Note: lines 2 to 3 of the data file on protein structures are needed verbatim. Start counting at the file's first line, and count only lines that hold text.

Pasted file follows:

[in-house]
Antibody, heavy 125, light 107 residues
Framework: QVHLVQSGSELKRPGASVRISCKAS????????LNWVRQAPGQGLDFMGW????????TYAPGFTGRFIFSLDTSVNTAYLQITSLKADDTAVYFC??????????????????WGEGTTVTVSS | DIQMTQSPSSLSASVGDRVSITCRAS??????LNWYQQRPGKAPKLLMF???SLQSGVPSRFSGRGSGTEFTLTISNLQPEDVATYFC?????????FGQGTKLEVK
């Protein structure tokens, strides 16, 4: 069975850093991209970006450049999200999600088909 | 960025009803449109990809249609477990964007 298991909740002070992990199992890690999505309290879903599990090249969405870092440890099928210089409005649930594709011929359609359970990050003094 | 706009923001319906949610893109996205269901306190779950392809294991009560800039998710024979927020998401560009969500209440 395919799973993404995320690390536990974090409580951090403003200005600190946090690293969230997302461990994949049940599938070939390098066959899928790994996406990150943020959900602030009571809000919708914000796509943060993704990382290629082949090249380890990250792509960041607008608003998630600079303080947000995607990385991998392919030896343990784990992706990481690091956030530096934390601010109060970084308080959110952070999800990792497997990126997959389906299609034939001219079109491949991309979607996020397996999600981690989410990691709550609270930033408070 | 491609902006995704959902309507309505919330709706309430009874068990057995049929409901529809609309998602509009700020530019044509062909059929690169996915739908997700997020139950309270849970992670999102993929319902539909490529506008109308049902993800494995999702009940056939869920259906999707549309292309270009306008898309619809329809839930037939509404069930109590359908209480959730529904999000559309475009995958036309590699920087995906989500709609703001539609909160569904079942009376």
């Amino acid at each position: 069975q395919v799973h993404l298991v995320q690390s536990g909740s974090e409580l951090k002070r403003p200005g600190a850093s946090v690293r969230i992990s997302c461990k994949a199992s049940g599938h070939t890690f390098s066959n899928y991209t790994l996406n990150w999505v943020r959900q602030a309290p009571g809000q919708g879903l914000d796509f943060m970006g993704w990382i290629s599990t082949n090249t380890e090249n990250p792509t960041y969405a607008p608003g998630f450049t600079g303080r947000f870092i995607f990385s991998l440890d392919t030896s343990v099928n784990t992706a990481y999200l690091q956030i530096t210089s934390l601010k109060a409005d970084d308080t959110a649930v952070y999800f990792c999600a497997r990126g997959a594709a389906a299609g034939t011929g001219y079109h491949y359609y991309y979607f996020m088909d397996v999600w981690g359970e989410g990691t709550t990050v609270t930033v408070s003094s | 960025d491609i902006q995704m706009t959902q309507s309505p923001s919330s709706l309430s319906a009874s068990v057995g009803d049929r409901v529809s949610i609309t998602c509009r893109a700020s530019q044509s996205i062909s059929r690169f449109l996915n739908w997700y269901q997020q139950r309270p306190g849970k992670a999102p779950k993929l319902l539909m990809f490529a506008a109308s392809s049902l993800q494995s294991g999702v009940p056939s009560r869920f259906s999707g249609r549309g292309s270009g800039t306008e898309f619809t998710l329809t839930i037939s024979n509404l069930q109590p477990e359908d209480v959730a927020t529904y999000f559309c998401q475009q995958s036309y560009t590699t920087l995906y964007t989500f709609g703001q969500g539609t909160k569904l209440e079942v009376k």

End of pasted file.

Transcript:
Antibody, heavy 125, light 107 residues
Framework: QVHLVQSGSELKRPGASVRISCKAS????????LNWVRQAPGQGLDFMGW????????TYAPGFTGRFIFSLDTSVNTAYLQITSLKADDTAVYFC??????????????????WGEGTTVTVSS | DIQMTQSPSSLSASVGDRVSITCRAS??????LNWYQQRPGKAPKLLMF???SLQSGVPSRFSGRGSGTEFTLTISNLQPEDVATYFC?????????FGQGTKLEVK